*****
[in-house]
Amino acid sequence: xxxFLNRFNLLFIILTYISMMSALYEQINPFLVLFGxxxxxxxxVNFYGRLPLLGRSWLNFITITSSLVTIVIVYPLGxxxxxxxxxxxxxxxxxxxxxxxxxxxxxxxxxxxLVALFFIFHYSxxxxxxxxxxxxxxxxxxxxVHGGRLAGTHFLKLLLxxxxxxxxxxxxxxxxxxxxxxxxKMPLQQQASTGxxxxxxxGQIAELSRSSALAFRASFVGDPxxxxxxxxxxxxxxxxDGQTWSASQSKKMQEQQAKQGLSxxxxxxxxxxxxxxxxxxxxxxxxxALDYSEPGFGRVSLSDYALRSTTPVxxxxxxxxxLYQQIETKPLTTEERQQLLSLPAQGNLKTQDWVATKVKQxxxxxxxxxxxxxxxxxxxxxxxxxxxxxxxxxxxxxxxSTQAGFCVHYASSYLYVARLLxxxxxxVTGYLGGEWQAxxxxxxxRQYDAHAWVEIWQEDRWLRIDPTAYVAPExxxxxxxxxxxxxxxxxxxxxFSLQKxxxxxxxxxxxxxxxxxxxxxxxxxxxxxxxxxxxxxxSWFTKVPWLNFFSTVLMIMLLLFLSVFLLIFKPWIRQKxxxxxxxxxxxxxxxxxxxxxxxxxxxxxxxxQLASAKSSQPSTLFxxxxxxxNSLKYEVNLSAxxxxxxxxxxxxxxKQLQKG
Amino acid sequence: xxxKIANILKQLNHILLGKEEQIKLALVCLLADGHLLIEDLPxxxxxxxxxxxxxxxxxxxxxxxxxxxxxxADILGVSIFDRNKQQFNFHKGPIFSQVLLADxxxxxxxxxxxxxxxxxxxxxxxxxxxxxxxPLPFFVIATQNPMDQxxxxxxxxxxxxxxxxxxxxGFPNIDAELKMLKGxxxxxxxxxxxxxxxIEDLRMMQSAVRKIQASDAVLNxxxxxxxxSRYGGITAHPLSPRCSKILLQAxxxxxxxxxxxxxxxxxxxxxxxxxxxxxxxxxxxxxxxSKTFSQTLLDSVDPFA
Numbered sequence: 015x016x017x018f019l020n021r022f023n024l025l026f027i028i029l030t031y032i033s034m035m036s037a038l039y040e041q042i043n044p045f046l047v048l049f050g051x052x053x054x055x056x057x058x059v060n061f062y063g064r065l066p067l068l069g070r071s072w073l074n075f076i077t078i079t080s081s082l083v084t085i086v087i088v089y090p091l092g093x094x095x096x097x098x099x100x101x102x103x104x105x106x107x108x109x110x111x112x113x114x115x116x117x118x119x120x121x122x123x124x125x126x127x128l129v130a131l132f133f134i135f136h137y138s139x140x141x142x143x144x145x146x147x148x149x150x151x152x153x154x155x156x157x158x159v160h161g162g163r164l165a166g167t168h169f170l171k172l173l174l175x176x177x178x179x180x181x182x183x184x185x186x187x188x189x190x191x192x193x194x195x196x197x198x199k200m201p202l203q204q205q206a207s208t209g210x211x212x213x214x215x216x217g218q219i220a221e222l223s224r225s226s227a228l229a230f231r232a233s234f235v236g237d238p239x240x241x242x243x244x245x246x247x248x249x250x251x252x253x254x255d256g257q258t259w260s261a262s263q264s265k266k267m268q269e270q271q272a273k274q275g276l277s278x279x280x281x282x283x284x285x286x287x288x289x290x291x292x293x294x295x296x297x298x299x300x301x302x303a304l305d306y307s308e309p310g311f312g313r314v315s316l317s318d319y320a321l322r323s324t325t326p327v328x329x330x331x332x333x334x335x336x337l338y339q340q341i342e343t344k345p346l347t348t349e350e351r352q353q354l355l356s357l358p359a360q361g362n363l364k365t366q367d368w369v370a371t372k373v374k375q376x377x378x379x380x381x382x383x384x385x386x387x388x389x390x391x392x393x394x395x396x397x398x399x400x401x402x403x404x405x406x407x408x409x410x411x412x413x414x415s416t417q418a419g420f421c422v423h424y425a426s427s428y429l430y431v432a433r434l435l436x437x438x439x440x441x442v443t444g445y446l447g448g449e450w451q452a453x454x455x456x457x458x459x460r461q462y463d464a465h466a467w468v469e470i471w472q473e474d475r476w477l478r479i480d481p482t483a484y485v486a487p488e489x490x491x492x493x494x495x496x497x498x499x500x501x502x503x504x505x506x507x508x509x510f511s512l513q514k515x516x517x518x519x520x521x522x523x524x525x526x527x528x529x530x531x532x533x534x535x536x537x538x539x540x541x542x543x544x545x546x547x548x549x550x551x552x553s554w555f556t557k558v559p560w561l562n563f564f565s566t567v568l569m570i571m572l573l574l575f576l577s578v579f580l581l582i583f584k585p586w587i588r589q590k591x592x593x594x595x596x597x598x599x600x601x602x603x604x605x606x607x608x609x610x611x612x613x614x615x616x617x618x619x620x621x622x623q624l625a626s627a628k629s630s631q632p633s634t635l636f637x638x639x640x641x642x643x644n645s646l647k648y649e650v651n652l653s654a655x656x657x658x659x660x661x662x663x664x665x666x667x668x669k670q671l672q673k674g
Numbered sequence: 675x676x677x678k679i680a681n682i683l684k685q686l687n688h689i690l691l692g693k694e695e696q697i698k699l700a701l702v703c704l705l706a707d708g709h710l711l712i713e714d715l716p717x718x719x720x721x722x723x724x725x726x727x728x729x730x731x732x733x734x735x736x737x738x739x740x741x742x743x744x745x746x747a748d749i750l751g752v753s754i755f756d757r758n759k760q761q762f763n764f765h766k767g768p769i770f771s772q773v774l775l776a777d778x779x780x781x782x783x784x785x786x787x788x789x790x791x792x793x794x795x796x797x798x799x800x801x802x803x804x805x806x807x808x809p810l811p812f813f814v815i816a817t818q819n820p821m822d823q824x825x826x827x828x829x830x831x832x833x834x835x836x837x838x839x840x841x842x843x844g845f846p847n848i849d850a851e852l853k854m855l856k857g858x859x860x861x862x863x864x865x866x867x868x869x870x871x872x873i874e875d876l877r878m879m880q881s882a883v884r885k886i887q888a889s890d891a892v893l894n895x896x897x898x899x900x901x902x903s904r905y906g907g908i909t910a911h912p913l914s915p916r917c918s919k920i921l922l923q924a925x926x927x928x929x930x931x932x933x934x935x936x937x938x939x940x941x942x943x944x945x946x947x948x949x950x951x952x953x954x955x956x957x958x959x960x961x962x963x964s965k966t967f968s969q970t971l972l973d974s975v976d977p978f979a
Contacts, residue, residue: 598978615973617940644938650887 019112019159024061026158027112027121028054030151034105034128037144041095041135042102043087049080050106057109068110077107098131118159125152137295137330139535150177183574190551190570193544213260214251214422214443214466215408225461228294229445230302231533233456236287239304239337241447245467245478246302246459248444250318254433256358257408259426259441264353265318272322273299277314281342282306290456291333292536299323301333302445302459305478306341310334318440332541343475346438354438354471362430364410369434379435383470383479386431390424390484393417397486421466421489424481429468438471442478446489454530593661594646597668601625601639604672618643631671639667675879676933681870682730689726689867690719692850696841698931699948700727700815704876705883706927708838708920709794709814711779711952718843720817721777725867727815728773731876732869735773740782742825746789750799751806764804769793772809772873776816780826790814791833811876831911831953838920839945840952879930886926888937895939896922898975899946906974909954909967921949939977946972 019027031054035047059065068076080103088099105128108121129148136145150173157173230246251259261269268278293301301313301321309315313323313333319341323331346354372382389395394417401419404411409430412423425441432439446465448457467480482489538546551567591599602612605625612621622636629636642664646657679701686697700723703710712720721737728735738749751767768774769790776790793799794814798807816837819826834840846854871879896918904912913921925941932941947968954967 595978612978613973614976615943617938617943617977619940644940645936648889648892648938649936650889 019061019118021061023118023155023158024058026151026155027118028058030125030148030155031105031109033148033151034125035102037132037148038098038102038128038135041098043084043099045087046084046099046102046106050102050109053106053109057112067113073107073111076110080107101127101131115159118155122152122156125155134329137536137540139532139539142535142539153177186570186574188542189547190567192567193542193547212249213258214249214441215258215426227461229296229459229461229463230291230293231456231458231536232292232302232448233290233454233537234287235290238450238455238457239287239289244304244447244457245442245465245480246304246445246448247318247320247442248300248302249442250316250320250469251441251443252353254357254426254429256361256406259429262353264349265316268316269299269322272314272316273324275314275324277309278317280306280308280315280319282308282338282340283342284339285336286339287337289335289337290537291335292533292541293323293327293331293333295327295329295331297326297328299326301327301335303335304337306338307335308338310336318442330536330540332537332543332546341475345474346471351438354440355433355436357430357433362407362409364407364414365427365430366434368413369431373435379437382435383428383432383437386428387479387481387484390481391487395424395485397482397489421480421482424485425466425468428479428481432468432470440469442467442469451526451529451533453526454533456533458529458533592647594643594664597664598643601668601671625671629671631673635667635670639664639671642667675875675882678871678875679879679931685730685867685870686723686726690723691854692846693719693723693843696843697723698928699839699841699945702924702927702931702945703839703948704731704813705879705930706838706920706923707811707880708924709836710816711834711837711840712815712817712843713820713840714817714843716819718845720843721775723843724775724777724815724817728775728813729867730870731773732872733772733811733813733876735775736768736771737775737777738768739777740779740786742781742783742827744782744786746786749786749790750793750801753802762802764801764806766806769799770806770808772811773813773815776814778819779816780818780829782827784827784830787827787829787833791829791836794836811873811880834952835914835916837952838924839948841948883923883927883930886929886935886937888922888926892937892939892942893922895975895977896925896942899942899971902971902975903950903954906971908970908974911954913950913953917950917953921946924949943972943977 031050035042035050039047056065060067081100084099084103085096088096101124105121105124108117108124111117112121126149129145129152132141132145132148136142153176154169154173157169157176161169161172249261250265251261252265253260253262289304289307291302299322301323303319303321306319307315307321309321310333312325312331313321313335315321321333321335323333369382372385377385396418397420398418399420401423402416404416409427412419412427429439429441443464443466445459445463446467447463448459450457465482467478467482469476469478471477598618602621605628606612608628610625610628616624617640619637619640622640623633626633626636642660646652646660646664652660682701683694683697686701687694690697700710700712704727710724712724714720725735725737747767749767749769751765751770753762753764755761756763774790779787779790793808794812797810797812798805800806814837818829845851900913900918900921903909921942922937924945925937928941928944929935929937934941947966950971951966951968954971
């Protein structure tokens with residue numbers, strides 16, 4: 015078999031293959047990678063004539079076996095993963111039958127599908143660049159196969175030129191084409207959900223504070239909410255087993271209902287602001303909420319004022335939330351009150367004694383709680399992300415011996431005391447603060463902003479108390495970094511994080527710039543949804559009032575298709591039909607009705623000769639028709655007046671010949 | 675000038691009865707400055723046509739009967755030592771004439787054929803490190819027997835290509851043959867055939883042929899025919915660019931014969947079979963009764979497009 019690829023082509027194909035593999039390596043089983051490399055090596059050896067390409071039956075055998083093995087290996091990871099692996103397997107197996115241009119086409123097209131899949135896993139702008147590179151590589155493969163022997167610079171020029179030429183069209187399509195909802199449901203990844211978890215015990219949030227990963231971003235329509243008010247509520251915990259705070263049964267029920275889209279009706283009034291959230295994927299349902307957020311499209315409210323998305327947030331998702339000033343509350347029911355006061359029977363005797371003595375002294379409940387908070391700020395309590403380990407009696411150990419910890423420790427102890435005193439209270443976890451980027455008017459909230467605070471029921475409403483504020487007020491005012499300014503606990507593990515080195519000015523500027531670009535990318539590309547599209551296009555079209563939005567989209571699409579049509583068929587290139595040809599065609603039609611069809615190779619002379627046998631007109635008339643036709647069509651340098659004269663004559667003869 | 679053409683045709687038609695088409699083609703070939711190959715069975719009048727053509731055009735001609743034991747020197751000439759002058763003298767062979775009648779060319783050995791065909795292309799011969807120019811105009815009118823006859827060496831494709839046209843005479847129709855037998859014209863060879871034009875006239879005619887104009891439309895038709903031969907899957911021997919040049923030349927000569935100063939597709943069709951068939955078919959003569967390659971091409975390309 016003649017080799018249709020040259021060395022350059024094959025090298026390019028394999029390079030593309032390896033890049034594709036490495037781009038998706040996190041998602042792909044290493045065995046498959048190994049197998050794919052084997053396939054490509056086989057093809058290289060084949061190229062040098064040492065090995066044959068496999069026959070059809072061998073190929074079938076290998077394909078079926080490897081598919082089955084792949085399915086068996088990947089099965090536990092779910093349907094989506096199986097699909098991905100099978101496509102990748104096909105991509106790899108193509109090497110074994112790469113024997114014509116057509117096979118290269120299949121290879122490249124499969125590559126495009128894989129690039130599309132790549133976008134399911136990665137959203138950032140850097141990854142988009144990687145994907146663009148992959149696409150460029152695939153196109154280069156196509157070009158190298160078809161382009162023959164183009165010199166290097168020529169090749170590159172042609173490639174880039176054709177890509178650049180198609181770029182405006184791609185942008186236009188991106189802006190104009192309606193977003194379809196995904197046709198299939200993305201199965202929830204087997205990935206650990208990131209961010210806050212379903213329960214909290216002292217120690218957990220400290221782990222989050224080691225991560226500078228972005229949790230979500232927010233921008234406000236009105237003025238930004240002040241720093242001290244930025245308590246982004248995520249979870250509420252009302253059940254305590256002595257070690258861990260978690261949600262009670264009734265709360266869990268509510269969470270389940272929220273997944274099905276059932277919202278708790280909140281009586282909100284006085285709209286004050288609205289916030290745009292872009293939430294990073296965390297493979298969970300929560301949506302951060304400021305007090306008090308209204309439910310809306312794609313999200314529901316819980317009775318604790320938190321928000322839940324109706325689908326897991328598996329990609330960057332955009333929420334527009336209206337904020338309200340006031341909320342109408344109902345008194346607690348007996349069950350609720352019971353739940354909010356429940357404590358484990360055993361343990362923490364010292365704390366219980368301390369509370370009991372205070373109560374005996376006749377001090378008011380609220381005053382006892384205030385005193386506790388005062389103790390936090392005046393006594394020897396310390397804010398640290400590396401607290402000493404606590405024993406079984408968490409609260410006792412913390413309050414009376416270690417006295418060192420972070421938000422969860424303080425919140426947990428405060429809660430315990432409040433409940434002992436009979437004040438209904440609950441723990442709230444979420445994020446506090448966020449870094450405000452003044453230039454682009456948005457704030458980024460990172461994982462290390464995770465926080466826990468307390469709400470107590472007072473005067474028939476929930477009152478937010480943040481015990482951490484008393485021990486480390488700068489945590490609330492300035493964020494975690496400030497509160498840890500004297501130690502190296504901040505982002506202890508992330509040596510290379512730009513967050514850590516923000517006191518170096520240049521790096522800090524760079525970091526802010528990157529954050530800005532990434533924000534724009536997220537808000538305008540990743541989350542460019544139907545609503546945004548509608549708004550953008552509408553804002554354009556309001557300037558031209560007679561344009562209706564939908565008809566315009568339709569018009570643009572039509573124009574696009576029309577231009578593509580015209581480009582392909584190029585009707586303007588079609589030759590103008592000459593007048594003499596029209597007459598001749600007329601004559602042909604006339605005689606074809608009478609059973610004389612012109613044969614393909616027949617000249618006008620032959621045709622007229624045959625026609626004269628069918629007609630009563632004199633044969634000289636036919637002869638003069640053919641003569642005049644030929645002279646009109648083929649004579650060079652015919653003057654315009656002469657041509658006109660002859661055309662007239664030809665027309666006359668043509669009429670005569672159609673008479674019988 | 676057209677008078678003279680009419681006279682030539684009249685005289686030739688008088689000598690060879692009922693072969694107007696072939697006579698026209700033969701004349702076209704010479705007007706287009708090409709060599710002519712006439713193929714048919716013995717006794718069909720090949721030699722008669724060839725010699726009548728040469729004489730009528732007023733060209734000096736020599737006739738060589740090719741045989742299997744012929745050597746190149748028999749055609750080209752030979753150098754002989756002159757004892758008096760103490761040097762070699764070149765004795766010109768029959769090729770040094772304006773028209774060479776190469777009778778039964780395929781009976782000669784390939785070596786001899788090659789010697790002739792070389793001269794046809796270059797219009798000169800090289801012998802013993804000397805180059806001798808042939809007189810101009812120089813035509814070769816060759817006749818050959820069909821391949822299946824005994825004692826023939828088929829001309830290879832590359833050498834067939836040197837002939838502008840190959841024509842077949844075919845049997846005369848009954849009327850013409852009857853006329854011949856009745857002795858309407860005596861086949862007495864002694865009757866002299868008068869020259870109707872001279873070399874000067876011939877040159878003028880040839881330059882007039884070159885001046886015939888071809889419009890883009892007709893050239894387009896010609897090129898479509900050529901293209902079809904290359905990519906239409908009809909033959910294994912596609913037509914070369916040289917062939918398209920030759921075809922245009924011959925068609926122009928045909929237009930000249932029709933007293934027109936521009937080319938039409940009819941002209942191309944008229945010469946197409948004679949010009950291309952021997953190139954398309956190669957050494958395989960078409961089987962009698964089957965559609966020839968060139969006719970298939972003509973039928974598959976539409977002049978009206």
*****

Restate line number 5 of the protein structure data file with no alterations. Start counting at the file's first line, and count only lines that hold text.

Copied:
Numbered sequence: 675x676x677x678k679i680a681n682i683l684k685q686l687n688h689i690l691l692g693k694e695e696q697i698k699l700a701l702v703c704l705l706a707d708g709h710l711l712i713e714d715l716p717x718x719x720x721x722x723x724x725x726x727x728x729x730x731x732x733x734x735x736x737x738x739x740x741x742x743x744x745x746x747a748d749i750l751g752v753s754i755f756d757r758n759k760q761q762f763n764f765h766k767g768p769i770f771s772q773v774l775l776a777d778x779x780x781x782x783x784x785x786x787x788x789x790x791x792x793x794x795x796x797x798x799x800x801x802x803x804x805x806x807x808x809p810l811p812f813f814v815i816a817t818q819n820p821m822d823q824x825x826x827x828x829x830x831x832x833x834x835x836x837x838x839x840x841x842x843x844g845f846p847n848i849d850a851e852l853k854m855l856k857g858x859x860x861x862x863x864x865x866x867x868x869x870x871x872x873i874e875d876l877r878m879m880q881s882a883v884r885k886i887q888a889s890d891a892v893l894n895x896x897x898x899x900x901x902x903s904r905y906g907g908i909t910a911h912p913l914s915p916r917c918s919k920i921l922l923q924a925x926x927x928x929x930x931x932x933x934x935x936x937x938x939x940x941x942x943x944x945x946x947x948x949x950x951x952x953x954x955x956x957x958x959x960x961x962x963x964s965k966t967f968s969q970t971l972l973d974s975v976d977p978f979a